Bolton Discusses NIE Report on Iran Former U.S. Ambassador to the U.N. John Bolton talks about the National Intelligence Estimate on Iran, which was released this week. The report's primary conclusion — that Iran halted a secret nuclear weapons program four years ago — appears to raise barriers to the use of military force against Iran and raise questions about whether economic sanctions are even justified.
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Bolton Discusses NIE Report on Iran

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Bolton Discusses NIE Report on Iran

Bolton Discusses NIE Report on Iran

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ANDREA SEABROOK, host:

This weekend, the Bush administration is also dealing with the fallout from the new National Intelligence Estimate on Iran. The NIE concluded that Tehran halted its nuclear weapons program in the fall of 2003. Just weeks ago, President Bush warned of dire consequences if Iran continued its nuclear weapons program.

Well, today, in Bahrain, Defense Secretary Robert Gates acknowledged this new intelligence assessment has come at an awkward time.

Secretary ROBERT GATES (U.S. Department of Defense): It has annoyed a number of our good friends; it has confused a lot of people around the world in terms of what we're trying to accomplish.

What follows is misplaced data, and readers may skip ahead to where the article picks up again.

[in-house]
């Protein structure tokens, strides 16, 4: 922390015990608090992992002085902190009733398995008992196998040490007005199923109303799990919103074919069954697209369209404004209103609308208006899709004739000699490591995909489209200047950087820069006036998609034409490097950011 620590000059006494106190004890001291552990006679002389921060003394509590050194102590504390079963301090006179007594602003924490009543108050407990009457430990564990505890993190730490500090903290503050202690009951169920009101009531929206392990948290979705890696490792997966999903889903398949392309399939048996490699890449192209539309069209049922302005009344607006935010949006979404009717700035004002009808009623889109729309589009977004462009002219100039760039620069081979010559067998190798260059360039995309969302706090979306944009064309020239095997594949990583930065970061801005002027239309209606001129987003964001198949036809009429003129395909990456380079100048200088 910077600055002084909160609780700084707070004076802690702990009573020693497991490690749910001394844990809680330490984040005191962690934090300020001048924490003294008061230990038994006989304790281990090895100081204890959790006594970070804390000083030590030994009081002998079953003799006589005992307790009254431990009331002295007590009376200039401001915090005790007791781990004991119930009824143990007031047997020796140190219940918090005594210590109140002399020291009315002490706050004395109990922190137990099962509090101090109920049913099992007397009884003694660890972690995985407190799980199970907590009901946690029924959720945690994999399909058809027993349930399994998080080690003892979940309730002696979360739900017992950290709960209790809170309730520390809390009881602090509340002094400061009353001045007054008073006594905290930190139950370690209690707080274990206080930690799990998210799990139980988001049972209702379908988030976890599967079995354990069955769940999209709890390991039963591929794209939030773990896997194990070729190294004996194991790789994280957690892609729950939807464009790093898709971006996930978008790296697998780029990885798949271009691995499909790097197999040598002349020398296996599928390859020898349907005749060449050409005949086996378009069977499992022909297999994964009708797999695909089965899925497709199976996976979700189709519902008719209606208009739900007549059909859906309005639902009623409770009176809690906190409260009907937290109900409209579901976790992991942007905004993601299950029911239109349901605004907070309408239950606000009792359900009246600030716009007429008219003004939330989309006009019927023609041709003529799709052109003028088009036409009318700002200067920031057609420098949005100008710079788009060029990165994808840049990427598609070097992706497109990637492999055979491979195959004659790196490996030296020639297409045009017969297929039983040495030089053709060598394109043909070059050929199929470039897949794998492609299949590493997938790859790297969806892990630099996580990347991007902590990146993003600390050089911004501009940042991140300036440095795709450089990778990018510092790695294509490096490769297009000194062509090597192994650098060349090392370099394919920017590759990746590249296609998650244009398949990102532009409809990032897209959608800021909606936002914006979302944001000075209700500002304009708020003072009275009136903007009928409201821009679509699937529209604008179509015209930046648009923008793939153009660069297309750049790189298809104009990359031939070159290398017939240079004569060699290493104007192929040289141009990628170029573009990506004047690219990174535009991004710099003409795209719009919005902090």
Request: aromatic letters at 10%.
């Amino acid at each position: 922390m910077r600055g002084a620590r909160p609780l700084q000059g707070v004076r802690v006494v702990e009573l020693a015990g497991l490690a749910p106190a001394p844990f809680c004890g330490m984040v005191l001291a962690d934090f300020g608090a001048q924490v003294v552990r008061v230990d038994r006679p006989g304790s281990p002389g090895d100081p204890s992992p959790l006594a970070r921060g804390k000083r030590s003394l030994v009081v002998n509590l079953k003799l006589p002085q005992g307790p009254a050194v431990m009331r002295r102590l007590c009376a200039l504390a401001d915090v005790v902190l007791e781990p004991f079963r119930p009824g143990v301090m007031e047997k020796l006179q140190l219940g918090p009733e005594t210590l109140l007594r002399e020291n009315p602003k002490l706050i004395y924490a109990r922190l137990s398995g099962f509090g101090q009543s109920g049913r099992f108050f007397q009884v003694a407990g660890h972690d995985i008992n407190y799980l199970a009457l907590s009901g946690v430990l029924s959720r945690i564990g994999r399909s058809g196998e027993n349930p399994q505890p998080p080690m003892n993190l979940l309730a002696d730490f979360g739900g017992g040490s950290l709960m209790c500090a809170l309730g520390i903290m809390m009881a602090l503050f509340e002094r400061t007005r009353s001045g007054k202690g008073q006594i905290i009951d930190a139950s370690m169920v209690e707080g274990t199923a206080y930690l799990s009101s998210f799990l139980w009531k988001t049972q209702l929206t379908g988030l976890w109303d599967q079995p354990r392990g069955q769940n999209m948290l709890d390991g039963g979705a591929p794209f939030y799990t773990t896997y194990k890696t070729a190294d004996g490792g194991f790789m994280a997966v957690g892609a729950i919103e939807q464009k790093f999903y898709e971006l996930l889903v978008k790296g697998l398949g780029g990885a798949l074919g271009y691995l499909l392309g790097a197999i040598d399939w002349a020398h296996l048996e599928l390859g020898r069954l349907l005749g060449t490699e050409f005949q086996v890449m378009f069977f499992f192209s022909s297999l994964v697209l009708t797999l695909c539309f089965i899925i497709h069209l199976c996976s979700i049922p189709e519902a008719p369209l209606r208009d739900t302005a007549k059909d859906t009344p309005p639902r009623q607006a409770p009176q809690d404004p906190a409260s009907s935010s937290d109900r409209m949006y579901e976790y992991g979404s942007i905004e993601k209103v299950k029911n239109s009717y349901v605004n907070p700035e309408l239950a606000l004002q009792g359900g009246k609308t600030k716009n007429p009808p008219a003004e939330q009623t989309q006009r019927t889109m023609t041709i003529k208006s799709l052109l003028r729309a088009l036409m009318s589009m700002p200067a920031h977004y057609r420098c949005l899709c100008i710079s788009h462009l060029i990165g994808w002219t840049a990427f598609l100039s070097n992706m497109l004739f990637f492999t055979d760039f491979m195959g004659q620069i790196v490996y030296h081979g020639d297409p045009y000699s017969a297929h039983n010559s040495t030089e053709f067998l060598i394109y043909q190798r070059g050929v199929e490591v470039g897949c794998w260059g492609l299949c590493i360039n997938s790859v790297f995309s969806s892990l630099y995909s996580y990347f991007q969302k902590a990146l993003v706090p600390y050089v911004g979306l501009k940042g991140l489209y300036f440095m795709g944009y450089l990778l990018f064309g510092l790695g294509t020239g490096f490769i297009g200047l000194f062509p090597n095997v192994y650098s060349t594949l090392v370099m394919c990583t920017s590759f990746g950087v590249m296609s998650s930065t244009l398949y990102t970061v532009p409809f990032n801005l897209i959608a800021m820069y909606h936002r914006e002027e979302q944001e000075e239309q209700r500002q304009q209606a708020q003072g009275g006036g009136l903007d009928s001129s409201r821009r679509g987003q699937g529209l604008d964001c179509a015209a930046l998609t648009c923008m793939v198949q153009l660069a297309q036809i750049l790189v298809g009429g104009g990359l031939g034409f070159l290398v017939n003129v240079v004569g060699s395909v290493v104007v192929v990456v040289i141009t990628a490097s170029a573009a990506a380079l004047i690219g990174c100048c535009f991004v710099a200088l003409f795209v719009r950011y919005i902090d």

SEABROOK: Still, as he addressed Arab defense ministers, Secretary Gates urged the world community to keep up that pressure.

Sec. GATES: To suspend enrichment and to agree to verifiable arrangements that can prevent that country from resuming its nuclear weapons program at a moment's notice, at the whim of its most militant leaders.

SEABROOK: I spoke earlier today with John Bolton. You may remember his embattled tenure as the Bush administration's ambassador to the U.N. Before that, he was Undersecretary of State for Arms Control and International Security. He wrote an op-ed in the Washington Post this week, asserting that the headline of the National Intelligence Estimate that is that Iran abandoned its nuclear weapons program is misleading.

Mr. JOHN BOLTON (Former Undersecretary of State for Arms Control and International Security): Because as, I think, anyone will tell you, looking at a nation's capability to achieve nuclear weapons status, the most important thing it has to do is master the very complex science and technology of uranium enrichment. And the NIE itself reconfirms what we've been saying for quite some time that Iran is continuing and indeed expanding its uranium enrichment activities. So the idea that some small sliver of activity was suspended in 2003 and that the NIE itself says they don't really know whether that suspension is continued leaves the impression, nonetheless, that the whole thing has been shut down and that there's no problem. And I think you can see the implications and the reaction both domestically in the U.S. and in many countries abroad.